12.4 N-well Technology (contd.)

We illustrate the fabrication steps involved in patterning silicon dioxide through optical lithography, using Figure 12.42 which shows the lithographic sequences.

CMOS Inverter Fabrication Process Electrical Engineering (EE) Notes | EduRev

CMOS Inverter Fabrication Process Electrical Engineering (EE) Notes | EduRev

CMOS Inverter Fabrication Process Electrical Engineering (EE) Notes | EduRev

CMOS Inverter Fabrication Process Electrical Engineering (EE) Notes | EduRev

CMOS Inverter Fabrication Process Electrical Engineering (EE) Notes | EduRev

CMOS Inverter Fabrication Process Electrical Engineering (EE) Notes | EduRev

Fig 12.42: Process steps required for patterning of silicon dioxide

 

12.4 N-well Technology (contd.)

First an oxide layer is created on the substrate with thermal oxidation of the silicon surface. This oxide surface is then covered with a layer of photoresist. Photoresist is a light-sensitive, acid-resistant organic polymer which is initially insoluble in the developing solution. On exposure to ultraviolet (UV) light, the exposed areas become soluble which can be etched away by etching solvents. Some areas on the surface are covered with a mask during exposure to selectively expose the photoresist. On exposure to UV light, the masked areas are shielded whereas those areas which are not shielded become soluble.

There are two types of photoresists, positive and negative photoresist. Positive photoresist is initially insoluble, but becomes soluble after exposure to UV light, where as negative photoresist is initially soluble but becomes insoluble (hardened) after exposure to UV light. The process sequence described uses positive photoresist. Negative photoresists are more sensitive to light, but their photolithographic resolution is not as high as that of the positive photoresists. Hence, the use of negative photoresists is less common in manufacturing high-density integrated circuits.

The unexposed portions of the photoresist can be removed by a solvent after the UV exposure step. The silicon dioxide regions not covered by the hardened photoresist is etched away by using a chemical solvent (HF acid) or dry etch (plasma etch) process. On completion of this step, we are left with an oxide window which reaches down to the silicon surface. Another solvent is used to strip away the remaining photoresist from the silicon dioxide surface. The patterned silicon dioxide feature is shown in Figure 12.43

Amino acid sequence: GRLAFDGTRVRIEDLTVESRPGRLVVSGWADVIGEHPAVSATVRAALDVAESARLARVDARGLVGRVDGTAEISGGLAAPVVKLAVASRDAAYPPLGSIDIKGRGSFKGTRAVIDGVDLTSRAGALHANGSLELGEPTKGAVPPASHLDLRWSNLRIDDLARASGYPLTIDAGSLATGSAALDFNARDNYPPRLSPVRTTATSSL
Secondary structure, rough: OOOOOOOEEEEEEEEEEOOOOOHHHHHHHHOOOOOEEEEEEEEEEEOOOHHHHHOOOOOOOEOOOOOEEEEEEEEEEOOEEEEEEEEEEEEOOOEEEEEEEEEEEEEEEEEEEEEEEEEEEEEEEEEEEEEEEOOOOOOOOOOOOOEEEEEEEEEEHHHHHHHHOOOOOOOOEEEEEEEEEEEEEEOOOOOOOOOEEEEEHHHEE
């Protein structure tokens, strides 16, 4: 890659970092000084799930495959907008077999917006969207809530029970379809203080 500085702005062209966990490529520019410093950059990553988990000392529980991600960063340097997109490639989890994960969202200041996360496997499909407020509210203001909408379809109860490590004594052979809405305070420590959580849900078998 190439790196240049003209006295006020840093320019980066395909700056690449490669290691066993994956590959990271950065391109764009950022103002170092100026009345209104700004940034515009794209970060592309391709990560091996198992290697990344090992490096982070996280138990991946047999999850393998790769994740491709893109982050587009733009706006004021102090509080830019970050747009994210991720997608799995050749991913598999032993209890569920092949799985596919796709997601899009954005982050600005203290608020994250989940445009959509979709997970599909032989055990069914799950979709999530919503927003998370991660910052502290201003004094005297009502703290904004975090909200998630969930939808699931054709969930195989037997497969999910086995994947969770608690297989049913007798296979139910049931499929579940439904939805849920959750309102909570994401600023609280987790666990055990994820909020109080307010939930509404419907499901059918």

CMOS Inverter Fabrication Process Electrical Engineering (EE) Notes | EduRev

Fig 12.43: The result of single photolithographic patterning sequence on silicon dioxide

The sequence of process steps illustrated in detail actually accomplishes a single pattern transfer onto the silicon dioxide surface. The fabrication of semiconductor devices requires several such pattern transfers to be performed on silicon dioxide, polysilicon, and metal. The basic patterning process used in all fabrication steps, however, is quite similar to the one described earlier. Also note that for accurate generation of high-density patterns required in submicron devices, electron beam (E-beam) lithography is used instead of optical lithography.

 

12.4 N-well Technology (contd.)

In this section, we will examine the main processing steps involved in fabrication of an n-channel MOS transistor on a p-type silicon substrate.

The first step of the process is the oxidation of the silicon substrate (Fig 12.44(a)), which creates a relatively thick silicon dioxide layer on the surface. This oxide layer is called field oxide (Fig. 12.44(b)). The field oxide is then selectively etched to expose the silicon surface on which the transistor will be created (Fig. 12.44(c)). After this the surface is covered with a thin, high-quality oxide layer. This oxide layer will form the gate oxide of the MOS transistor (Fig. 12.44(d)). Then a polysilicon layer is deposited on the thin oxide (Fig 12.44(e)). Polysilicon is used as both a gate electrode material for MOS transistors as well as an interconnect medium in silicon integrated circuits. The resistivity of polysilicon, which is usually high, is reduced by doping it with impurity atoms.

Deposition is followed by patterning and etching of polysilicon layer to form the interconnects and the MOS transistor gates (Fig. 12.44(f)). The thin gate oxide not masked by polysilicon is also etched away exposing the bare silicon surface. The drain and source junctions are to be formed (Fig 12.44(g)). Diffusion or ion implantation is used to dope the entire silicon surface with a high concentration of impurities (in this case donor atoms to produce n-type doping). Fig 12.44(h) shows two n-type regions (source and drain junctions) in the p-type substrate as doping penetrates the exposed areas of the silicon surface. The penetration of impurity doping into the polysilicon reduces its resistivity. The polysilicon gate is patterned before the doping and it precisely defines the location of the channel region and hence, the location of the source and drain regions. Hence this process is called a self-aligning process.